How To Know if You’re Disguising Your Grief With Anger
Since Witchy’s “secret trauma that forced her to become vegan,” she has been on quite a journey of self-discovery.
“And food discovery,” she adds, as usual reading over my shoulder. I wonder how long before she remembers that I don’t like it when she does that. Or how long before I figure I might as well just accept it and not feel annoyed.
I mean, after all, it’s not that big a deal. And I know she’s just excited to be having this adventure on Medium.
“Oh, yes! I really am!” she squeals, a little too close to my ear. “Oh, sorry,” she adds, on reading that last little bit.
“No problem, Witchy. I should be used to it by now.”
As I was saying…she has been on a journey of self-discovery since leaving the Transylvania Forest and beginning her new life in England.
“And people haven’t always been very nice about it,” she says, her face falling. “I lost all of my friends.”
“I know you did, Witchy.”
“And my home.”
“Yes, it’s been hard for you.”
“And my 712-year-old ex-boyfriend, Vladimir the Vampire — ”
“ — the Pinhead.”
“You’ve had such a lot of change, Witchy, and I know one of the hardest for you has been your diet.”
“It has been terrible! It was hard enough to give up the foods that I loved for centuries. It was extra awful to have to eat strange, new foods that I did not like!”
“Yes…I’ve watched your evolution with that. Remember when you first tried tofu?”
“Oh, my goodness! I hated it so much, I wrote and illustrated a story about it!”
“Yes. There wasn’t much to say. It was short.”
“A one-word story, Witchy?”
“Right. Well, yeah, that pretty much sums up your relationship with tofu. At least in the beginning.”
“I hated it so much. But you know I don’t like to give up — ”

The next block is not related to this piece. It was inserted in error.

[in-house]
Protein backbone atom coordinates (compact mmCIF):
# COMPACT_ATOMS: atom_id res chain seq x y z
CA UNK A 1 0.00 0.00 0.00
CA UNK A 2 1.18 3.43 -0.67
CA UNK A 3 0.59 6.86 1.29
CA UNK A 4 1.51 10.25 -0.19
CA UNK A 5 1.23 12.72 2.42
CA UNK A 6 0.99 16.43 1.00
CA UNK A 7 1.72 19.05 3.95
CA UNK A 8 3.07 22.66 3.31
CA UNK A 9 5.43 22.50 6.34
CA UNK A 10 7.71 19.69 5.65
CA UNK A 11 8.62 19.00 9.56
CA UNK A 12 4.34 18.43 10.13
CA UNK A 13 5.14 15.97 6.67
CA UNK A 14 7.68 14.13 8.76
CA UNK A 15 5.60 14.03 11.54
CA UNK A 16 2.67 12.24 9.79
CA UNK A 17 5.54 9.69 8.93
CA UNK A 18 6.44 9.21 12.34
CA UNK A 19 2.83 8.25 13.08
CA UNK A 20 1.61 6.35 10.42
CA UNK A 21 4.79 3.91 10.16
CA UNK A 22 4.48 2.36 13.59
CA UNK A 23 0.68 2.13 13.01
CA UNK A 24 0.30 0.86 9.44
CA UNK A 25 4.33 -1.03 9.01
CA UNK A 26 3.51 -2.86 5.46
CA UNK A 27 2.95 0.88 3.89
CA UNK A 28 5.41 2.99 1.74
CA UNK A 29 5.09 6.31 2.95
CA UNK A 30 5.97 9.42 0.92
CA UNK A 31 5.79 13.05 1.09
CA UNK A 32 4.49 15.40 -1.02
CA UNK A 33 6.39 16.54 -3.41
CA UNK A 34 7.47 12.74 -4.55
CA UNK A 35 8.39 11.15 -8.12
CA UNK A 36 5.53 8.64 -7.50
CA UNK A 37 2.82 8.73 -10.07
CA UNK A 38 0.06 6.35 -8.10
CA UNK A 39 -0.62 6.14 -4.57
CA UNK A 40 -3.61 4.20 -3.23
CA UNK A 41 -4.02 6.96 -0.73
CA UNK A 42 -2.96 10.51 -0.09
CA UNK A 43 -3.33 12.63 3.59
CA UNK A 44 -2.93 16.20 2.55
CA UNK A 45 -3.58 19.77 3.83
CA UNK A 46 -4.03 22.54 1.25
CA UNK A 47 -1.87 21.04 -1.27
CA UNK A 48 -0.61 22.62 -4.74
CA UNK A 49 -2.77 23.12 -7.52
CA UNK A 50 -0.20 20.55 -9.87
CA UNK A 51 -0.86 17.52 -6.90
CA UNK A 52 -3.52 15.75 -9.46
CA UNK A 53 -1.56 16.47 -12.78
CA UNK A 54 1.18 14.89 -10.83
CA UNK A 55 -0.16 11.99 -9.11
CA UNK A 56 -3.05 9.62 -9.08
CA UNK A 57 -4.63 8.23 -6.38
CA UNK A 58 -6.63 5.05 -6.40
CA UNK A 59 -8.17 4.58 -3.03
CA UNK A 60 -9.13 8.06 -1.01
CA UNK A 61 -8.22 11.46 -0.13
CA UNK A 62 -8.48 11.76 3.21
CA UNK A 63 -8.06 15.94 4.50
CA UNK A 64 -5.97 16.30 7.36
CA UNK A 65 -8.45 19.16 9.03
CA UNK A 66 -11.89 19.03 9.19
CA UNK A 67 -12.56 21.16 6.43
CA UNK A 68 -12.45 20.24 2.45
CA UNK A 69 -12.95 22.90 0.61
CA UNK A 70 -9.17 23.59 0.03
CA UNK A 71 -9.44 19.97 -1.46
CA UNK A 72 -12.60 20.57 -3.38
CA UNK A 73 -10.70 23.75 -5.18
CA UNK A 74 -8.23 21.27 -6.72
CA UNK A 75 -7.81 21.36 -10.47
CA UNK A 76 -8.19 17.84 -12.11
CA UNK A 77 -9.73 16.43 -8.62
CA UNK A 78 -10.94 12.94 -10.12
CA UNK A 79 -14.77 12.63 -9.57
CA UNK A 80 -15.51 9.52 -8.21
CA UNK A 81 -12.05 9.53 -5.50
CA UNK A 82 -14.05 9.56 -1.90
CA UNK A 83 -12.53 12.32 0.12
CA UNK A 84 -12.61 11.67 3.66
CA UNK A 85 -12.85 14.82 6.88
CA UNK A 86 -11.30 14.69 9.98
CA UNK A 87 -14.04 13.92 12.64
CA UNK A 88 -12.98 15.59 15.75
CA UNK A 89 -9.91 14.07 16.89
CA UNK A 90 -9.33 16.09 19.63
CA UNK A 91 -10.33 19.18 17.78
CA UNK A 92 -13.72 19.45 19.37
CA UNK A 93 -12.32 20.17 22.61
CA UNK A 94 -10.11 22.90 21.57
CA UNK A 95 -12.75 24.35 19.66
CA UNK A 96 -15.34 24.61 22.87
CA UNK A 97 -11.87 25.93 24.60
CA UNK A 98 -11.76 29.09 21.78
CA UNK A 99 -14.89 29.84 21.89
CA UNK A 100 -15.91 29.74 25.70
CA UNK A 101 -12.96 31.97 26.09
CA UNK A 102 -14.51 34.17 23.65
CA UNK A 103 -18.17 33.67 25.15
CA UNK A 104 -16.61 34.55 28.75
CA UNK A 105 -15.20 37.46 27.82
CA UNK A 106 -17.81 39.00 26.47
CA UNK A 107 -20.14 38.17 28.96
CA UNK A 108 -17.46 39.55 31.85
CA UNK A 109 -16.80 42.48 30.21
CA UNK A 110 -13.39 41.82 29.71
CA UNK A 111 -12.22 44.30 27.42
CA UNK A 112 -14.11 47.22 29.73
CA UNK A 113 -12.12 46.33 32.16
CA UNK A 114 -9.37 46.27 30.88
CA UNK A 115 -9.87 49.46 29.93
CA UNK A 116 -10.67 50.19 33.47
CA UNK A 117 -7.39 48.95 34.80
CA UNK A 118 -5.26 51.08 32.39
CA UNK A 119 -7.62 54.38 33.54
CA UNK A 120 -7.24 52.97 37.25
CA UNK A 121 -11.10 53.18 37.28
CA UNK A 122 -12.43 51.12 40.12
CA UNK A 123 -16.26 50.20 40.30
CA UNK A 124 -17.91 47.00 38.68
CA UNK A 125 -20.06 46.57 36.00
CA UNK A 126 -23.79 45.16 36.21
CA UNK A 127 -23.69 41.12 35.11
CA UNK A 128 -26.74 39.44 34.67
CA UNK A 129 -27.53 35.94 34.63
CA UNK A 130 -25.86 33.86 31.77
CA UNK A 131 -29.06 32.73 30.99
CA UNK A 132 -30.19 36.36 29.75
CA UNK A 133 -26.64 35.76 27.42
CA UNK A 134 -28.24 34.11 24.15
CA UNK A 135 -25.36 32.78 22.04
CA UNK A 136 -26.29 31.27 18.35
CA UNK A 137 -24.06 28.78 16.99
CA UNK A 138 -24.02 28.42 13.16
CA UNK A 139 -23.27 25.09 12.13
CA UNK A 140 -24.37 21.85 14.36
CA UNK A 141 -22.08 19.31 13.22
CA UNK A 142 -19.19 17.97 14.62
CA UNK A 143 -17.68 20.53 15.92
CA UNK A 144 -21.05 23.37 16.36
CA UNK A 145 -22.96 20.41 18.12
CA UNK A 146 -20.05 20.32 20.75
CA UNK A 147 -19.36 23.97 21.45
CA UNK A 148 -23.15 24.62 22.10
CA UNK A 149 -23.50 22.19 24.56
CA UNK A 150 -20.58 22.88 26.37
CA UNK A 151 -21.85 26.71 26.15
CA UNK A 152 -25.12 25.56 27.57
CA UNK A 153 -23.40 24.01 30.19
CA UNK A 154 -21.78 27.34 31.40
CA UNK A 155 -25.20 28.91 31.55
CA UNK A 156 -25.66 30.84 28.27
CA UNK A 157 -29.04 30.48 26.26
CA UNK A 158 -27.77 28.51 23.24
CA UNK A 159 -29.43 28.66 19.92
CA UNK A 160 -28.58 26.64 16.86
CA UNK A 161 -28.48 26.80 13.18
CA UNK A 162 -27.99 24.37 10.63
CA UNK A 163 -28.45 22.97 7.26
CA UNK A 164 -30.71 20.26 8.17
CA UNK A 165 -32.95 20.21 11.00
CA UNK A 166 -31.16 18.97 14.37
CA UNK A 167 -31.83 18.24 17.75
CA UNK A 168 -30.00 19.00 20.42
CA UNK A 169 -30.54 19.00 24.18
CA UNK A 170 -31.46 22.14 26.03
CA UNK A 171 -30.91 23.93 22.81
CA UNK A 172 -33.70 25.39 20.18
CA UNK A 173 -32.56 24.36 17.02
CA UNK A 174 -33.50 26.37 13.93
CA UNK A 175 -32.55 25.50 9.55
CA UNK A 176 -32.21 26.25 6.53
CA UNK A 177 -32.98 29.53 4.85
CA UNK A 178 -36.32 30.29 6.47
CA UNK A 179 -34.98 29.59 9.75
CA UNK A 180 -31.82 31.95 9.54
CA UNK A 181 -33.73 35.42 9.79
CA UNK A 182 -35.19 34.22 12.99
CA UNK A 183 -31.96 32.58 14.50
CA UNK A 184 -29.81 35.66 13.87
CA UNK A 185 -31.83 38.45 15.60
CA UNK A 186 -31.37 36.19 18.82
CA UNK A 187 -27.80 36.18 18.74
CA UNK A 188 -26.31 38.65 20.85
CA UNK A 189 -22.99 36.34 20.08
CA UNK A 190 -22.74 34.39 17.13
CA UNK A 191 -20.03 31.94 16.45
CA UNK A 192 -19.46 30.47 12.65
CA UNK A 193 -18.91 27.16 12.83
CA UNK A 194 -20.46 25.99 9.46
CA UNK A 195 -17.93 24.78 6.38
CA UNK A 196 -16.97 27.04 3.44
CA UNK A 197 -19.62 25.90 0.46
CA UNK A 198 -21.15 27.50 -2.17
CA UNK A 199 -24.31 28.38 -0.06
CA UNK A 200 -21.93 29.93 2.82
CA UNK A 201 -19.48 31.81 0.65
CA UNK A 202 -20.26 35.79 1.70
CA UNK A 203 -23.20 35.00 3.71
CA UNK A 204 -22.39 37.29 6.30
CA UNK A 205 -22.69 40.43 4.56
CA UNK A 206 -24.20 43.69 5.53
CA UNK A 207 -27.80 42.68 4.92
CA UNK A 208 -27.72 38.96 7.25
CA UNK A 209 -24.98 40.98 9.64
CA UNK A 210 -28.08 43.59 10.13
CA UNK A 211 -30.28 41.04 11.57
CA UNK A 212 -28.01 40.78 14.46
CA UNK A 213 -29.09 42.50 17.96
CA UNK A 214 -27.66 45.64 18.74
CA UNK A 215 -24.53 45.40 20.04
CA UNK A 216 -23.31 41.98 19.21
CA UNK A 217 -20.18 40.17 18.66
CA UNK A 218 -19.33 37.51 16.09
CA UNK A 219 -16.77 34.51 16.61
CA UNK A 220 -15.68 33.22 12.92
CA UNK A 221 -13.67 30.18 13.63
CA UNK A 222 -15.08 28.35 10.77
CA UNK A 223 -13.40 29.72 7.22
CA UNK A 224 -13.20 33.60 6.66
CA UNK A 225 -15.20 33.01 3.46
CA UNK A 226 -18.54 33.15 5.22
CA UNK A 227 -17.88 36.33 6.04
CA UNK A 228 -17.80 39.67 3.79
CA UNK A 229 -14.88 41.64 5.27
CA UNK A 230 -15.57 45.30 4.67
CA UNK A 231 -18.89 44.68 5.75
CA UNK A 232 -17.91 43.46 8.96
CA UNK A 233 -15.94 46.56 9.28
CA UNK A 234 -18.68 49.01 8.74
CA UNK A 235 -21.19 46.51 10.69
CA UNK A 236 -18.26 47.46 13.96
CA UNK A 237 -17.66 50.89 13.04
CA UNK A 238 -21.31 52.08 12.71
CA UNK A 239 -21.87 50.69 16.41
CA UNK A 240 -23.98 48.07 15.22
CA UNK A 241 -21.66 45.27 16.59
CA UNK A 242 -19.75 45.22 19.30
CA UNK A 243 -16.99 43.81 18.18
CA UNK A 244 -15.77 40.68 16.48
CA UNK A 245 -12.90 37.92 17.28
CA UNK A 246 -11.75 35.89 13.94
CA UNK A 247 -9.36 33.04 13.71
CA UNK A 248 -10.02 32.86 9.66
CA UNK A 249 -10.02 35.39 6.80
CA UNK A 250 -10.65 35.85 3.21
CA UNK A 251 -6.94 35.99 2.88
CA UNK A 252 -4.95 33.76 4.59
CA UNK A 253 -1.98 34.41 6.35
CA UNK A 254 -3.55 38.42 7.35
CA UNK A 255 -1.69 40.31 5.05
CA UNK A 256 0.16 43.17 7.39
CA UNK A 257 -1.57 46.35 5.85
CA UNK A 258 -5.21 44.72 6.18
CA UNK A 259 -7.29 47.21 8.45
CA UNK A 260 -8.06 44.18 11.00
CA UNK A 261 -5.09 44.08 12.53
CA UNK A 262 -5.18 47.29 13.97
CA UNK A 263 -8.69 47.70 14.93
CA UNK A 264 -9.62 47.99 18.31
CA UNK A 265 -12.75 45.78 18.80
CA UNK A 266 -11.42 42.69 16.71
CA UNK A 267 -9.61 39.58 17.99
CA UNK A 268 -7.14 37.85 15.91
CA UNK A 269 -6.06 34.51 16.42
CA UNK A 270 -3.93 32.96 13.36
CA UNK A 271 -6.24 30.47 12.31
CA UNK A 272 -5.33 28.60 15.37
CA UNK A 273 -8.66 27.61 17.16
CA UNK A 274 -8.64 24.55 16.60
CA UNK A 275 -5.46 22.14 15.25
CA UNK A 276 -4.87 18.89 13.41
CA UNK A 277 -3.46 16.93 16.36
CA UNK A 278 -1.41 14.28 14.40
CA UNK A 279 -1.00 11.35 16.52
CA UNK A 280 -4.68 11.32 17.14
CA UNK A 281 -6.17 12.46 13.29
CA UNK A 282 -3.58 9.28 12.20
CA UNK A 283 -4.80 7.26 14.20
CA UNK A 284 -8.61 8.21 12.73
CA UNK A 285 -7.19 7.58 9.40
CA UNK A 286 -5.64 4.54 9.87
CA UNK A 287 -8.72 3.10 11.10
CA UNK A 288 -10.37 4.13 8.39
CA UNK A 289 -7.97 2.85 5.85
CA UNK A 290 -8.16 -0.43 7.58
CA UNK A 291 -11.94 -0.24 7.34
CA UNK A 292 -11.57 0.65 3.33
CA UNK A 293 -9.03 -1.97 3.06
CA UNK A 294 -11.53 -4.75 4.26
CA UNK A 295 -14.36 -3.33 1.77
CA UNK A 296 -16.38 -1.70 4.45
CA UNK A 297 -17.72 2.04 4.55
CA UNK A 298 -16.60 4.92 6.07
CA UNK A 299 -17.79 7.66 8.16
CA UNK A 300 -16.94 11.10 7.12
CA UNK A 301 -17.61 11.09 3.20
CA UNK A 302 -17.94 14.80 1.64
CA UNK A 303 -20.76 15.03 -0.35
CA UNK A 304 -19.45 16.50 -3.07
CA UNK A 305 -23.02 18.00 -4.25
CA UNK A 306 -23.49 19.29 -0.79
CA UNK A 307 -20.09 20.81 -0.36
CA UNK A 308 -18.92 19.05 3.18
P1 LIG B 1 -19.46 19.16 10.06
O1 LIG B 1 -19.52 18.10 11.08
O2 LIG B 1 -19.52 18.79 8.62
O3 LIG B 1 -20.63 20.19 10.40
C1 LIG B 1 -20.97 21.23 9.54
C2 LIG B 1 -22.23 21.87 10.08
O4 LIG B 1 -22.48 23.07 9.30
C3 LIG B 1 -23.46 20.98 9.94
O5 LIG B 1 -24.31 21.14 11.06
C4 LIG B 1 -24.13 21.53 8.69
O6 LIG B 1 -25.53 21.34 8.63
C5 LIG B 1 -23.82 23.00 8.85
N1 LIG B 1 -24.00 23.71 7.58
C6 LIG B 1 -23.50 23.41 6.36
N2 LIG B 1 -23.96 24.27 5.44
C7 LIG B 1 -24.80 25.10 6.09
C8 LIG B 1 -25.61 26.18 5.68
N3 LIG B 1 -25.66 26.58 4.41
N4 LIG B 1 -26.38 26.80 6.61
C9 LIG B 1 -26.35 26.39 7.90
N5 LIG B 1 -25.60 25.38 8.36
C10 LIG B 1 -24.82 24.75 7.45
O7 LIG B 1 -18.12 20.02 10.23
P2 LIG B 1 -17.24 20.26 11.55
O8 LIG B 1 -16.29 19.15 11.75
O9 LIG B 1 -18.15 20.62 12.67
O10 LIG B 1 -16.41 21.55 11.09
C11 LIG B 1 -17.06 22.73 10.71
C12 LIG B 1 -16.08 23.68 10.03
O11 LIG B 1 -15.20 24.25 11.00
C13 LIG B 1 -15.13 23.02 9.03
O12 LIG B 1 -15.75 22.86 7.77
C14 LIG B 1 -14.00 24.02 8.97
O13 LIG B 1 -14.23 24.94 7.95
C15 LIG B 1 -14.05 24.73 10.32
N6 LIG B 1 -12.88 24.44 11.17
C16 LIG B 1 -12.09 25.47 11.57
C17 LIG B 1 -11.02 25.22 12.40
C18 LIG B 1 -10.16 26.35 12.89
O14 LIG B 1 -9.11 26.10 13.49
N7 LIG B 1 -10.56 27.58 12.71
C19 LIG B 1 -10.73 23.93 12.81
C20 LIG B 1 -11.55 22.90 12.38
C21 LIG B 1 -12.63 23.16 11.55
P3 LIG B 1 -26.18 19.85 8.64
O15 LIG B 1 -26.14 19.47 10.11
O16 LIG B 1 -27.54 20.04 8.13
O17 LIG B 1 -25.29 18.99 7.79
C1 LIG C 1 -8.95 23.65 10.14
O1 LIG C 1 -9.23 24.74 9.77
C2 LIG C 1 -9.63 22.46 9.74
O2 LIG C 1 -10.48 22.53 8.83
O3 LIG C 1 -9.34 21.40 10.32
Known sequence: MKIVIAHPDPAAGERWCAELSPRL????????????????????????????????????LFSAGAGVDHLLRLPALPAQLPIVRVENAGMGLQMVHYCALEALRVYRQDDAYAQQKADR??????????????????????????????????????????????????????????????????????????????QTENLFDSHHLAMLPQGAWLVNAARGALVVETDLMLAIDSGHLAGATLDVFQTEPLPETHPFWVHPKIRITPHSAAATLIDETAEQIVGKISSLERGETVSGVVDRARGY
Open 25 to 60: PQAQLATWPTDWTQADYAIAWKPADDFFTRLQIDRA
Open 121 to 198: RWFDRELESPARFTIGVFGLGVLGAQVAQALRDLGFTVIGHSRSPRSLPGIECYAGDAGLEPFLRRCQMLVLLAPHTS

“No, you really don’t.”
“ — and I kept hearing people say how great it was in different recipes — ”
“Yeah, I’ve heard that, too. Can’t say I was too keen on the stuff myself so I was happy to just take their word for it.”
“ — I mean, it’s a slightly jiggly blob of fermented bean curd. Ew. How can that possibly be anything that anyone would want to eat?”
“Yeah…not terribly appealing.”
“And…well…I hate to admit this,” she said, lowering her voice, “but I know I can tell you anything, Liberty.”
“Of course, Witchy. What is it?”
“Well, part of the reason I hated it was that it was — well, it was just different. I was mad at it before I even tried it.”
“Mad at it?”
“Yes, because it wasn’t eye of newt or dragon toes, or my very favourite thing, braised bat with a side of crispy-fried lizard tails. Or curly fries.”
“Yes. Deep-fried pig tails.”
Oh, dear…I hid my squeamishness while Witchy continued.
“Anyway, I was mad at tofu for not being one of my favourite foods. It reminded me of everything I had lost. Not just food, but my friends and my home. Everything familiar.”
“I see. I understand.”
“Of course. It’s hard to deal with so much loss. Especially all at once. You were grieving, Witchy.”
“But…nobody died. Although it was close that one time…when my wonky spell nearly blew up the whole Forest.” A look of guilt washed over her sweet face.
“No one has to die for you to be grieving.”
“No, Witchy, we grieve when we’ve lost something important to us. There are lots of kinds of loss and you had a whole bunch all at once.”
“I sure did.”
“There were lots of friendships, and your boyfriend — ”
“The Pinhead,” she offered, pursing her lips and frowning.
“ — yes, the Pinhead — and your home, your whole way of life. The Forest was all you had known for centuries. And you even lost your ability to cast spells.”
“Well, good ones.”
“Ones that don’t explode anything or cause bodily harm.”
“I mean, like there was that awful time when I crashed my broom into a tree…”
“Exactly, so you can’t even fly your broom anymore. Everything is different now. That’s a lot of loss and you’ve been grieving. Sometimes when we’re upset, we take it out on someone else or blame some other problem. It’s easier than facing whatever hurts the most.”
“Hmm. I had no idea.”
“And that’s why you were mad at tofu.”
“Well, only partly. That stuff was just plain gross.”
“What do you mean? You eat lots of it now, don’t you enjoy it?”
“Yes, but…it took a while. It got better after I had a conversation with it one night.”
“You talked to your tofu?”
“Yup. I did.”
“And what did it say?”
“Well, I did most of the talking. But it did ask me what it had ever done to make me hate it so much. And that’s when I figured out that I’d been mad at it for something that wasn’t even tofu’s fault.”
“Ah. I see. I always wondered why you suddenly started trying new tofu recipes without screwing up your face as if you’d eaten six lemons.”
“Well, now you know. I’m not mad at it anymore.”
“I’m sure tofu is happy about that.”
“Uh…not so much.”
“Because now I eat it.”
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